These are my stories as a volunteer member of the Sheriff's Search & Rescue team in Coconino County, Arizona. I'll share what it's like to go from a beginner with a lot to learn to an experienced and, hopefully, valuable member of the team, as well as the missions, trainings, and other activities along the way.
About Coconino County
About Coconino County
Encompassing 18,661 square miles, Coconino County, Arizona, is the second largest county in the U.S. but one of the least populated. Our county includes Grand Canyon National Park, the Navajo, Havasupai, Hualapai and Hopi Indian Reservations, and the largest contiguous ponderosa pine forest in the world. Elevations range from 2,000 feet above sea level along the Colorado River to 12,633 feet at the summit of Mt. Humphreys in Flagstaff.
July 13, 2009
He Tweeted While He Waited
But if I were stuck up there at 11,000-some-odd feet in the dark, cold in my shorts and t-shirt and without a light, I'd be nervous and wish I could tweet away, too, I suppose. (Not that I've ever tweeted to my Twitter followers on my cell phone and don't even know how. Heck, I'm so old-fashioned, I don't even text!)
Anyhow, I spent most of last night on that same mountain I was up and down, and up and down ... and up ... and down the last time I posted, which was what? Saturday? This time, though, I drove up in the dark at about 11pm. Heck, I could just about do it with my eyes closed now!
On the way, one of my teammates said, "In SAR, we all have our 'thing.' And THIS is your thing." He was referring to me being the UTV driver. Hmm ... can I change "my thing" to something else?
So okay, where was I? Oh, the mission.
Well, it turned out fine. We drove "my little red car" up the ski run and parked it at the bottom of our STEEP short cut to intersect with the trail at around 11,400 feet, slipping on the scree slope with me grabbing at tree branches and trying not to tip over backwards--boy, would that have been embarrassing!--and, to our surprise, made voice contact with the young man as soon as we hit the trail. We'd thought he was beyond the saddle as far as the first false summit and then on a scree slope about 800 to 1,000 feet down. In fact, he was just a short distance off the trail, having missed a switchback in the dark and ended up on a boulder field. Well, good, much easier, relatively-speaking, than we'd expected.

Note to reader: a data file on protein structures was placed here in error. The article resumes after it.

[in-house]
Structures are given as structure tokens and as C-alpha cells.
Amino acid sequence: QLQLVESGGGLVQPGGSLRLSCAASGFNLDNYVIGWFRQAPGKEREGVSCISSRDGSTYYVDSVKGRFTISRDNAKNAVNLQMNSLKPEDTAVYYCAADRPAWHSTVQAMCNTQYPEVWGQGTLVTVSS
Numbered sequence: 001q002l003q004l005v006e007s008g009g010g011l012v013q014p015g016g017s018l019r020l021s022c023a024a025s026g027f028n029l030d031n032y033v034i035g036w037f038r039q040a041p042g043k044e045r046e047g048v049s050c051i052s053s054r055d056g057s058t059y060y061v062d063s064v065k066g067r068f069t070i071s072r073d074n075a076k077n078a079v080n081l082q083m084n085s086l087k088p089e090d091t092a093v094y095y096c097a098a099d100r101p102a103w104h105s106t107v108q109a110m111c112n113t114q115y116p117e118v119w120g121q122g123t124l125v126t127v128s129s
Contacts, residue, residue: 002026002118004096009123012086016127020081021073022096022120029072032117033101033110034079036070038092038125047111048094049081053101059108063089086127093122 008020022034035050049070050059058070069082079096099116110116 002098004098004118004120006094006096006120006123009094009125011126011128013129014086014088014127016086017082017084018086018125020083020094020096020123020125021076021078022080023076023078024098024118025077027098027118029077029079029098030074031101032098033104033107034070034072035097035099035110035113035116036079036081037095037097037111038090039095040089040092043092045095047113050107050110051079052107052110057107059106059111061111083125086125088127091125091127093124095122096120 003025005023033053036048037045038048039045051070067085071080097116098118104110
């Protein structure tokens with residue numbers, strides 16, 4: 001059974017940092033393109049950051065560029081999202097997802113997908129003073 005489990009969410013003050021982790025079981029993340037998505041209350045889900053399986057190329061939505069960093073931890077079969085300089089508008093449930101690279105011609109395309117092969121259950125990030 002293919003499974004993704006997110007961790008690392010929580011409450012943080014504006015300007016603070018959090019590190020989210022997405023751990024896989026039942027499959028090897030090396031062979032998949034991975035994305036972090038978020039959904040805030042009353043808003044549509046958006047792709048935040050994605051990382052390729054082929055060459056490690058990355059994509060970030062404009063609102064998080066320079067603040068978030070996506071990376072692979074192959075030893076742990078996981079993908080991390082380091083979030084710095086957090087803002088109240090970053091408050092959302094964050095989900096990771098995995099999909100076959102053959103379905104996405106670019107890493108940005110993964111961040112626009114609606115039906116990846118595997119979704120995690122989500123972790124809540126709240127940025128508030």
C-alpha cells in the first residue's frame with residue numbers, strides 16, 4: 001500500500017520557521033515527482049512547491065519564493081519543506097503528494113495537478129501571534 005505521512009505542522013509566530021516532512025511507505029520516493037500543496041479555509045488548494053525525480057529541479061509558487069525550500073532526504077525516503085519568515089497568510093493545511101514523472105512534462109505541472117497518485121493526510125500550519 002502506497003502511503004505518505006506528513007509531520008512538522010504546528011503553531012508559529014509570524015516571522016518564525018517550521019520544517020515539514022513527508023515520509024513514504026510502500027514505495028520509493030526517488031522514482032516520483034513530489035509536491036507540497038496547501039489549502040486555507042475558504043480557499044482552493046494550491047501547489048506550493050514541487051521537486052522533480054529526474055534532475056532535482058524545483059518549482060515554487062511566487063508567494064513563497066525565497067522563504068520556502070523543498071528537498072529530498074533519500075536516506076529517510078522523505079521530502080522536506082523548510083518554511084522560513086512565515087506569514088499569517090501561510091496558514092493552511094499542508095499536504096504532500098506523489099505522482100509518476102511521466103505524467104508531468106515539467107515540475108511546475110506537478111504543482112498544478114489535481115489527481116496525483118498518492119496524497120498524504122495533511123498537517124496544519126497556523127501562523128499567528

After we handed over some Gatorade and extra clothing for the cold hiker, then explained that we wanted to descend, not down the trail but down our steeper but shorter route to the parked UTV and our subject quickly agreed, the three of us SAR members and one relieved hiker made our way back down the mountain.
The end. (For now.)
Arizona Daily Sun article: Hiker Rescued Off Of Humphreys Peak Early Monday
My latest SAR Stories News post: Search & Rescue and Social Media
Do you have the capability to locate someone by the position of the cellphone? I always wondered how accurate that was.
I don't know a lot about how that works, but there have been times during our searches where a subject's cell phone has been "pinged" and given us some idea of where they were when they made their last call, which sometimes was a call to a family member or friend, telling them they needed help. I believe there's also a way, if someone has their phone turned on--even if it's too low on battery juice to make a call or there isn't sufficient reception--to get a fix on their location and sometimes quite accurately. I did write a blog post called, Cell Phones And SAR on my other Search & Rescue blog, where I talk about this a bit and reference some articles, if you're interested in taking a look at that. I believe there's advanced technology that can be requested by SAR (from where/who I'm not sure ... FBI?) that can pinpoint the location of a cellphone if on or at least its location at the time of the last call if other means don't work. The reason I think so is because I overheard this being talked about during a mission early this year.
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